Back in elementary school, teachers emphasized our uniqueness from a very early age.

I remember one activity that we did somewhere around Christmastime. We were directed to cut some holes into folded pieces of white paper however we pleased. When we unfolded them, we discovered that we had produced snowflakes, and everyone’s snowflake was different.

What wonderful symbolism. The snowflakes were meant to represent us: each special, and different, and unique. They also served as cheap Christmas decorations which our parents would stealthily discard three weeks later.

There were lots of activities like this, all designed to tell us how special all of us were.

Two decades later, I’m not sure that this is what kids should be taught in school. In fact, I think that teaching them the opposite would be a better way to approach things. Teach kids that they’re not special, or unique, but rather that they’re very much the same as everyone else.

Perhaps it’s a less positive message to convey to young children, but I think it’s also closer to the truth. We are more alike, my friends, than we are unalike, aren’t we?

Everything that follows is based on the premise that our similarities far outweigh our differences. If you don’t subscribe to that belief, then the rest of this entry is, unfortunately, wasted on you.

The problem is that if you tell kids that they’re special often enough, they’ll start to believe it. That’s dangerous because it’s a very, very short hop from “special” to “superior”. The result is that you end up with a group of teenagers who think that they’re better than everyone else in one way or another. Some people think they’re cooler. Some people think they’re smarter. Some people think they’re just better human beings.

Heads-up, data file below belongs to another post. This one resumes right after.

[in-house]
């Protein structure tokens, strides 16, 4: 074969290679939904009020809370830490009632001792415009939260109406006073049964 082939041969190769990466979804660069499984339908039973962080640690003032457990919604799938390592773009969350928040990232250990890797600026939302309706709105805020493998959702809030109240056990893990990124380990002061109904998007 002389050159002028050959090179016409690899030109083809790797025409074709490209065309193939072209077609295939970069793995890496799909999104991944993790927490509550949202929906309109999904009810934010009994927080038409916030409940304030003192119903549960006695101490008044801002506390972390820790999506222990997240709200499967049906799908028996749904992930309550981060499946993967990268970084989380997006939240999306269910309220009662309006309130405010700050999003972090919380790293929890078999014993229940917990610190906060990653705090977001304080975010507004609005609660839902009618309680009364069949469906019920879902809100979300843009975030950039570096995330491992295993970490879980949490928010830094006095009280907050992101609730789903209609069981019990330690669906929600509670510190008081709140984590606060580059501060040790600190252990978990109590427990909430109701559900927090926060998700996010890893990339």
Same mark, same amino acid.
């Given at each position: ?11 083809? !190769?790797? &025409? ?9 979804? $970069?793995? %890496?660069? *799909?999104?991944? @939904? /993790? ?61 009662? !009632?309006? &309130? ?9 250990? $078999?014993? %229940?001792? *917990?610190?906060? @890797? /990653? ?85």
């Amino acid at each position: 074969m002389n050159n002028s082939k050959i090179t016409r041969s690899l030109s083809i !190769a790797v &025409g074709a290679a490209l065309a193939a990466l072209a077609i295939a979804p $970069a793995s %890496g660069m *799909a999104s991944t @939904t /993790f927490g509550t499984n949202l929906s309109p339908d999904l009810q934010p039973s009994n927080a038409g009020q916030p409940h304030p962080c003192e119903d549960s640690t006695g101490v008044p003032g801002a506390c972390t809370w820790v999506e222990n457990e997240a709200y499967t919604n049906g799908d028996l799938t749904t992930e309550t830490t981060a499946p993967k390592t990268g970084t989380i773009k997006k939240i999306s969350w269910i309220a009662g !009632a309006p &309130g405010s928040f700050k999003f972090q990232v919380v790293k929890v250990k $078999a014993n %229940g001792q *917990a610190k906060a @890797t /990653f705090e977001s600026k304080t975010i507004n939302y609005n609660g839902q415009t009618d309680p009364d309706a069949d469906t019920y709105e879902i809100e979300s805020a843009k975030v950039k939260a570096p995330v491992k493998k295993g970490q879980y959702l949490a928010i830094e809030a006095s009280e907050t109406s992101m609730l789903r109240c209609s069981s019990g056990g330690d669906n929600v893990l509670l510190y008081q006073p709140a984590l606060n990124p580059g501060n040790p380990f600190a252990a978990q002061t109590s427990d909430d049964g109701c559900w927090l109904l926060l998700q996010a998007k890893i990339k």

That last one was my problem. I knew I wasn’t cooler than anyone, and I never considered my intelligence to be something that made me better than anyone. But I absolutely held my morality over people. Go back and look at old blog entries and the message I’m sending out is very clear: “I am a very good person, so let me tell you how to be a very good person too.”

There are two problems with that:

  1. I believed that I was morally superior to everyone else even though I was not.
  2. I held everyone else to a higher moral standard, even though I myself did not meet that standard.

I think I’ve improved on this, but I do still slip up occasionally. Thinking that I’m somehow better than everyone else is a mistake – I am not. Placing someone up on a pedestal and thinking that they might be better than everyone else is also a mistake, and it’s probably the biggest reason why I’ve been disappointed by people so many times over the years. If I’d expected less – if my expectations were more reasonable, in other words – perhaps I’d not have lost so many friends over the years.

At the end of the day, I think Syndrome had it right: when everyone’s super – when everyone is special, when everyone is unique – no one is. Granted, Syndrome says it with a maniacal laugh and more than a touch of bitterness, but that doesn’t make it any less valid. Believing otherwise just leads to conflict.

Maybe I’ll call him up and see if he’d be interested in a career change. There may be a position in early childhood education with his name on – oh wait.